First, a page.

- Polarized blazar X-rays imply particle acceleration in shocks (Nature, Nov. 2022)
- Rapid quasi-periodic oscillations in the relativistic jet of BL Lacertae (Nature, Sept. 2022)
Extrasolar planets (photometry of exoplanetary transits, TTVs analysis)
- ExoClock Project. III. 450 New Exoplanet Ephemerides from Ground and Space Observations (ApJS, Feb. 2023)
- Utilizing a Global Network of Telescopes to Update the Ephemeris for the Highly Eccentric Planet HD 80606 b and to Ensure the Efficient Scheduling of JWST (AJ, Nov. 2022)
- Discovery of a young low-mass brown dwarf transiting a fast-rotating F-type star by the Galactic Plane eXoplanet (GPX) survey (MNRAS, Aug. 2021)
- Homogeneously derived transit timings for 17 exoplanets and reassessed TTV trends for WASP-12 and WASP-4 (MNRAS, Sep. 2019)
- KPS-1b: The First Transiting Exoplanet Discovered Using an Amateur Astronomer's Wide-field CCD Data (PASP, May 2018)
Asteroids (rotation period determination, 3D modelling)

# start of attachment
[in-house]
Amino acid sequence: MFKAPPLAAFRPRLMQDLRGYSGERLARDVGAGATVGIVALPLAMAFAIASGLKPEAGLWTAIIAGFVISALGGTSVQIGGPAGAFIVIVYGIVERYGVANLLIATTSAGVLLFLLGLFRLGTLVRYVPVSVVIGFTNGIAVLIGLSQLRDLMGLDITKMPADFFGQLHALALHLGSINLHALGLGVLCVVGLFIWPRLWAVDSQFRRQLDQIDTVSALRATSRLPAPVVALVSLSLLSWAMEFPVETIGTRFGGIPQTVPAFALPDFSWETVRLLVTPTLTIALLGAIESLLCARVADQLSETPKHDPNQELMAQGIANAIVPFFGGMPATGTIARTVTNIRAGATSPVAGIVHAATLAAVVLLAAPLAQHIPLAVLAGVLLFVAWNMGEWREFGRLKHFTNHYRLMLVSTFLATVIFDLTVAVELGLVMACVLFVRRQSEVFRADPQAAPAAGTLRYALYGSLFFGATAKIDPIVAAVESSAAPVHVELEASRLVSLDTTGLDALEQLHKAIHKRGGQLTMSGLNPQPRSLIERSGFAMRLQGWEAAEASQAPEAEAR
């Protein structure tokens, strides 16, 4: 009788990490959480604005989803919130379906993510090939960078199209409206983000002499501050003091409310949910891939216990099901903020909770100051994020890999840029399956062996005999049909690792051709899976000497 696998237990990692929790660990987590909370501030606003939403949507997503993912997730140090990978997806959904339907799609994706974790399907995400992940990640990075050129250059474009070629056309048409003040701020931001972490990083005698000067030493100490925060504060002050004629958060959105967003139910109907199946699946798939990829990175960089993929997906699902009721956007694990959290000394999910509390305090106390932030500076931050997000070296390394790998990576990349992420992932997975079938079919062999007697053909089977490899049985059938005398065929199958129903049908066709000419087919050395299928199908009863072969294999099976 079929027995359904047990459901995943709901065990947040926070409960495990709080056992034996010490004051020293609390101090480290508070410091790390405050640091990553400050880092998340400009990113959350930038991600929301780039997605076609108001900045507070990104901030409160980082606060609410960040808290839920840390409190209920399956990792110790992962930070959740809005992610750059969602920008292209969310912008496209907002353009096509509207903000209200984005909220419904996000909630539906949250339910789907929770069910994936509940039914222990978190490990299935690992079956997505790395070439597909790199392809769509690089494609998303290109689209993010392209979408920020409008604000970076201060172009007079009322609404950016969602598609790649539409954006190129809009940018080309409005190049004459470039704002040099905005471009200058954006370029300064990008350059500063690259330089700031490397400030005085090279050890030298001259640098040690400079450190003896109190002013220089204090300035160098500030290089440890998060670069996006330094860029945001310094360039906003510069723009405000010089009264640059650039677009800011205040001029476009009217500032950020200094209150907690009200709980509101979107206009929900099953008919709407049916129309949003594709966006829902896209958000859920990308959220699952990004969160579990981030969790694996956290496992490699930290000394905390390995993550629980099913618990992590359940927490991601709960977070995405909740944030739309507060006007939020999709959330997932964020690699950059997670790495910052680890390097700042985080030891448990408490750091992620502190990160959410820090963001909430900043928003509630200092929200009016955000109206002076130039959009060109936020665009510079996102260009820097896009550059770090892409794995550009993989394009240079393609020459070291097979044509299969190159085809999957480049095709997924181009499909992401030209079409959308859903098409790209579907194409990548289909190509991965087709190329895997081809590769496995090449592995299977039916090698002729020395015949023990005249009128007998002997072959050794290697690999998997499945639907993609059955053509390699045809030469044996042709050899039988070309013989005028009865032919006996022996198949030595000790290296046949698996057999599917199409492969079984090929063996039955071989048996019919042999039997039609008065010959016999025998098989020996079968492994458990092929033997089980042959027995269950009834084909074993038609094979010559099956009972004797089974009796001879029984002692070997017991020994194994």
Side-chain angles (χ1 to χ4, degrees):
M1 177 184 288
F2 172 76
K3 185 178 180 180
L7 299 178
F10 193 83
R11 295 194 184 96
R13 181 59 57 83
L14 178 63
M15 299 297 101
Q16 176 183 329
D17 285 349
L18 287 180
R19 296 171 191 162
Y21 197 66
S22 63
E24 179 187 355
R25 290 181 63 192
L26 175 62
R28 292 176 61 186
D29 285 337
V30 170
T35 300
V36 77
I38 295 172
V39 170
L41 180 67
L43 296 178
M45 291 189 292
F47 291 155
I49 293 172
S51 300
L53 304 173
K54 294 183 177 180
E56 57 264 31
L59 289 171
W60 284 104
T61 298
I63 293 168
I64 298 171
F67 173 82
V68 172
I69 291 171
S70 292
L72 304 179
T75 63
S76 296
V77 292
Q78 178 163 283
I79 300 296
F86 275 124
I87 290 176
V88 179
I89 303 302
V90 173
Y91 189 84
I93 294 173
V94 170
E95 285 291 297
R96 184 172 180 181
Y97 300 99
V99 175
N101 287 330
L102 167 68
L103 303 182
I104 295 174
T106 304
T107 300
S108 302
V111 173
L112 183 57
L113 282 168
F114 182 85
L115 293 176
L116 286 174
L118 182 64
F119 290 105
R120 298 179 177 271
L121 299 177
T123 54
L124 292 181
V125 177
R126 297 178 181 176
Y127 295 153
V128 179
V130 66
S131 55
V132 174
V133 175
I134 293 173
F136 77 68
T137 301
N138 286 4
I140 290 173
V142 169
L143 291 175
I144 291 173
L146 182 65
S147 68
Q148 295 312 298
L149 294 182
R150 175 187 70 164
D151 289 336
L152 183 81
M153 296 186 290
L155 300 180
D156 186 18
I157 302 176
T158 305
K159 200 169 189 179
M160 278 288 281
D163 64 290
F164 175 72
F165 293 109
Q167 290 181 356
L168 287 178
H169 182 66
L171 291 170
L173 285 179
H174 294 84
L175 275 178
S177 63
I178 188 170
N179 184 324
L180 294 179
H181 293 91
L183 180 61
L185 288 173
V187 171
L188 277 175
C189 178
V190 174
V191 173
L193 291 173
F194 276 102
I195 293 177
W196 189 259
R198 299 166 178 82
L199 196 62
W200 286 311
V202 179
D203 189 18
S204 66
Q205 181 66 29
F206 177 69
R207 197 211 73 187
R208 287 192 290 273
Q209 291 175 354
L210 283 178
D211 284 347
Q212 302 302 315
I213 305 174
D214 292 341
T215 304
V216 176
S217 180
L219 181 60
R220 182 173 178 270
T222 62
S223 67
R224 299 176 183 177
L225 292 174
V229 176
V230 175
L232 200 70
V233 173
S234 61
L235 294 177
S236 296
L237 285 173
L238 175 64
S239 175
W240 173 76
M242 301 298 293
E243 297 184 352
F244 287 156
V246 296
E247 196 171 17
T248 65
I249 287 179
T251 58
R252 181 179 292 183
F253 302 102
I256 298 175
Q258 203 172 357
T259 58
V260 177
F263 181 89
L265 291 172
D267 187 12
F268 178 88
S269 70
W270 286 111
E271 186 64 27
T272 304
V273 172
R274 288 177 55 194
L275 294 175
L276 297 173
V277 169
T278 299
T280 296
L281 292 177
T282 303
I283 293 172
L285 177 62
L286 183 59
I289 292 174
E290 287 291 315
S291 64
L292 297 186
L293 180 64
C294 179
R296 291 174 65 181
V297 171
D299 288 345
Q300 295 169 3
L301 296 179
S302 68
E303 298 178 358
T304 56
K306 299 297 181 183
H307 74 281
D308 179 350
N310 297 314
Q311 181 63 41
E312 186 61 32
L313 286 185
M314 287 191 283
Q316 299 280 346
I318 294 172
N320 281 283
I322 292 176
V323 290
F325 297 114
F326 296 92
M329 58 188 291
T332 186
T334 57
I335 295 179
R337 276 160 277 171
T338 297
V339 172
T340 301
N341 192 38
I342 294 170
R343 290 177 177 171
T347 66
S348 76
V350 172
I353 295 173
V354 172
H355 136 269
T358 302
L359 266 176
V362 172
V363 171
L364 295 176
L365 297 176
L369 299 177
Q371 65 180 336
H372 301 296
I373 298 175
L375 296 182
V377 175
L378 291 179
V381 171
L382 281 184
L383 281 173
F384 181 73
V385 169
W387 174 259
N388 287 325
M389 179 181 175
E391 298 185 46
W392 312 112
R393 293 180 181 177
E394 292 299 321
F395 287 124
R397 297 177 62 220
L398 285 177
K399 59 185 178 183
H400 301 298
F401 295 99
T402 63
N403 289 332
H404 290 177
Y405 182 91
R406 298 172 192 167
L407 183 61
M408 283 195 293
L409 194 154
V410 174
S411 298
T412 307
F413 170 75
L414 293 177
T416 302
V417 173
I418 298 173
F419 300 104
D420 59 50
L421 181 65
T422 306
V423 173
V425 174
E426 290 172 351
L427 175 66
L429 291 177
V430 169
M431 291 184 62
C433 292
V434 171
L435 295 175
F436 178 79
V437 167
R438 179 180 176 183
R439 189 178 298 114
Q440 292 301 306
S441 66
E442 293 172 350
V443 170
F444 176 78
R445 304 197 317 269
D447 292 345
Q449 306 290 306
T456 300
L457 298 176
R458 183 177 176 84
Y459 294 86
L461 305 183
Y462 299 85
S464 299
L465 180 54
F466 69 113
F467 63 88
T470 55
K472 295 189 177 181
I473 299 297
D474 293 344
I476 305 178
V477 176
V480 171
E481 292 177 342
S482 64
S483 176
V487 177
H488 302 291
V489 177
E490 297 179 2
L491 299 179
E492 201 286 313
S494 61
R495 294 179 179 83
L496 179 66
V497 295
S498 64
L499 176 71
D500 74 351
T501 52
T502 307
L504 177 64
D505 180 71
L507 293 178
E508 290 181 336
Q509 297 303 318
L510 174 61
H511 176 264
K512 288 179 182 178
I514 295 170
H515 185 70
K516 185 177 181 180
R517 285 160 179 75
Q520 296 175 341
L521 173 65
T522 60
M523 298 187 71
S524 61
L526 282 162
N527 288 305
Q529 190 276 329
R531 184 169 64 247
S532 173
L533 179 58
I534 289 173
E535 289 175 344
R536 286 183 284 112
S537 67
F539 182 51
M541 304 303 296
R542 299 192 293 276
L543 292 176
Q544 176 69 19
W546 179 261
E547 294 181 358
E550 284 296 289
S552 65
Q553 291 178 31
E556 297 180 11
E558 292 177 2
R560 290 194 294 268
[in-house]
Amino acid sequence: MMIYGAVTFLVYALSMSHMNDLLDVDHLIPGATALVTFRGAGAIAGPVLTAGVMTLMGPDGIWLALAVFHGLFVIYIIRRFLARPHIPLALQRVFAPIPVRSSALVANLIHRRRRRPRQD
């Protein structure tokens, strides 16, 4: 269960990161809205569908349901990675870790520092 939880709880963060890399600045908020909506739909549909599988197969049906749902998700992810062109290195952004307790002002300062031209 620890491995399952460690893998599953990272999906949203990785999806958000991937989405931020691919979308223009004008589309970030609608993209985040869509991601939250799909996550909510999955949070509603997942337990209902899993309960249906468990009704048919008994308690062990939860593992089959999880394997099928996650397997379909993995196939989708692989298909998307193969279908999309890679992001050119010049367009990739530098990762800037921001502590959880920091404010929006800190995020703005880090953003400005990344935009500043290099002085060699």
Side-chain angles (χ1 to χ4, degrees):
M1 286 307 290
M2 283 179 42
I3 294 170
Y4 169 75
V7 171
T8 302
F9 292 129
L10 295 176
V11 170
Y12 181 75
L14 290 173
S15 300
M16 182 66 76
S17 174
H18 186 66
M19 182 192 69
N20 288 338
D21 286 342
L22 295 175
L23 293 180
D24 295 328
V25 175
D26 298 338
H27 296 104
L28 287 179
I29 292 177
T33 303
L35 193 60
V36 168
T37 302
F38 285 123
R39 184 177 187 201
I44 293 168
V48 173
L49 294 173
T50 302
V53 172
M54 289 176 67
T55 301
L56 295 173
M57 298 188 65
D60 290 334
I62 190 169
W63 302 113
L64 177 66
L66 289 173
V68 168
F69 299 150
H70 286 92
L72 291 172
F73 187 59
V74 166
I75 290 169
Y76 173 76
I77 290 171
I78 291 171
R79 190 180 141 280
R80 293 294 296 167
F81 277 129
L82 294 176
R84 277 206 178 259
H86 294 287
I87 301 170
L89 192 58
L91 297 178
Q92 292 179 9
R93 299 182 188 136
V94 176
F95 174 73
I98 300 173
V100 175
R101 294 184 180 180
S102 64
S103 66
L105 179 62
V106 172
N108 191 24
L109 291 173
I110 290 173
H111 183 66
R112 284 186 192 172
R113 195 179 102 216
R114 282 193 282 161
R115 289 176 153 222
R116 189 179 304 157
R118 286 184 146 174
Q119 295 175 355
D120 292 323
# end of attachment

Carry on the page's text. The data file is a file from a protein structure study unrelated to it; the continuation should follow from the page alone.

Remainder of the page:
- 4376 Shigemori: An Asteroid with an Earth Commensurate Rotation Period (MPB, Apr. 2023)
- Spin-Shape Model for 374 Burgundia (MPB, July 2021)
- Photometric Analysis and Rotation Period Determination of the Potentially Hazardous Asteroid 2020 WU5 (MPB, Apr. 2021)
- 4963 Kanroku: Asteroid with a possible precession of rotation axis (PSS, Apr. 2018)
Variable stars (discovery, characterization, 3D modelling of binary systems)
- Properties of the Hyades, the eclipsing binary HD 27130, and the oscillating red giant ɛ Tauri (A&A, Jan. 2021)
- New Variables Discovered by Data Mining Images Taken During Recent Asteroid Photometric Surveys at the Astronomical Observatory of the University of Siena: Results for the Year 2017 (JAAVSO, Dec. 2018)
- Preliminary Modeling of the Eclipsing Binary Star GSC 05765-01271 (JAAVSO, Dec. 2017)
» ALL THE PUBLICATIONS on the SAO/NASA Astrophysics Data System
University students can work in the Observatory during their laboratory and internship activities, allowing them to be proficient in celestial mechanics, electronics and data acquisition and processing.